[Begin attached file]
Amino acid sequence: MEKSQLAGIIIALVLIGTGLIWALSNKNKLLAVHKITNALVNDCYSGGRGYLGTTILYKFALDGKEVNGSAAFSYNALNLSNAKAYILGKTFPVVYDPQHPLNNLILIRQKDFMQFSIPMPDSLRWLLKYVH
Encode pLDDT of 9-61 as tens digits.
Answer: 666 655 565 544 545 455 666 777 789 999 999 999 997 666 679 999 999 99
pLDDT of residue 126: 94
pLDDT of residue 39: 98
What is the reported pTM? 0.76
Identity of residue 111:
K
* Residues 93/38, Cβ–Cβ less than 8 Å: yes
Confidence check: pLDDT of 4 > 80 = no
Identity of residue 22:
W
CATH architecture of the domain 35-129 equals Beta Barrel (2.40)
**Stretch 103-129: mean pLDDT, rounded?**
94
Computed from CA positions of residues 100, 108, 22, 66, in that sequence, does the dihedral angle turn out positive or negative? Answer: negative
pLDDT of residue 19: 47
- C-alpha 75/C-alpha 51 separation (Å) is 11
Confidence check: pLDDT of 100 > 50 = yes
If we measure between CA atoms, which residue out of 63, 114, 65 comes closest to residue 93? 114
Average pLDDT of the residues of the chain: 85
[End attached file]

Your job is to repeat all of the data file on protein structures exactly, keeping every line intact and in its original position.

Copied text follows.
Amino acid sequence: MEKSQLAGIIIALVLIGTGLIWALSNKNKLLAVHKITNALVNDCYSGGRGYLGTTILYKFALDGKEVNGSAAFSYNALNLSNAKAYILGKTFPVVYDPQHPLNNLILIRQKDFMQFSIPMPDSLRWLLKYVH
Encode pLDDT of 9-61 as tens digits.
Answer: 666 655 565 544 545 455 666 777 789 999 999 999 997 666 679 999 999 99
pLDDT of residue 126: 94
pLDDT of residue 39: 98
What is the reported pTM? 0.76
Identity of residue 111:
K
* Residues 93/38, Cβ–Cβ less than 8 Å: yes
Confidence check: pLDDT of 4 > 80 = no
Identity of residue 22:
W
CATH architecture of the domain 35-129 equals Beta Barrel (2.40)
**Stretch 103-129: mean pLDDT, rounded?**
94
Computed from CA positions of residues 100, 108, 22, 66, in that sequence, does the dihedral angle turn out positive or negative? Answer: negative
pLDDT of residue 19: 47
- C-alpha 75/C-alpha 51 separation (Å) is 11
Confidence check: pLDDT of 100 > 50 = yes
If we measure between CA atoms, which residue out of 63, 114, 65 comes closest to residue 93? 114
Average pLDDT of the residues of the chain: 85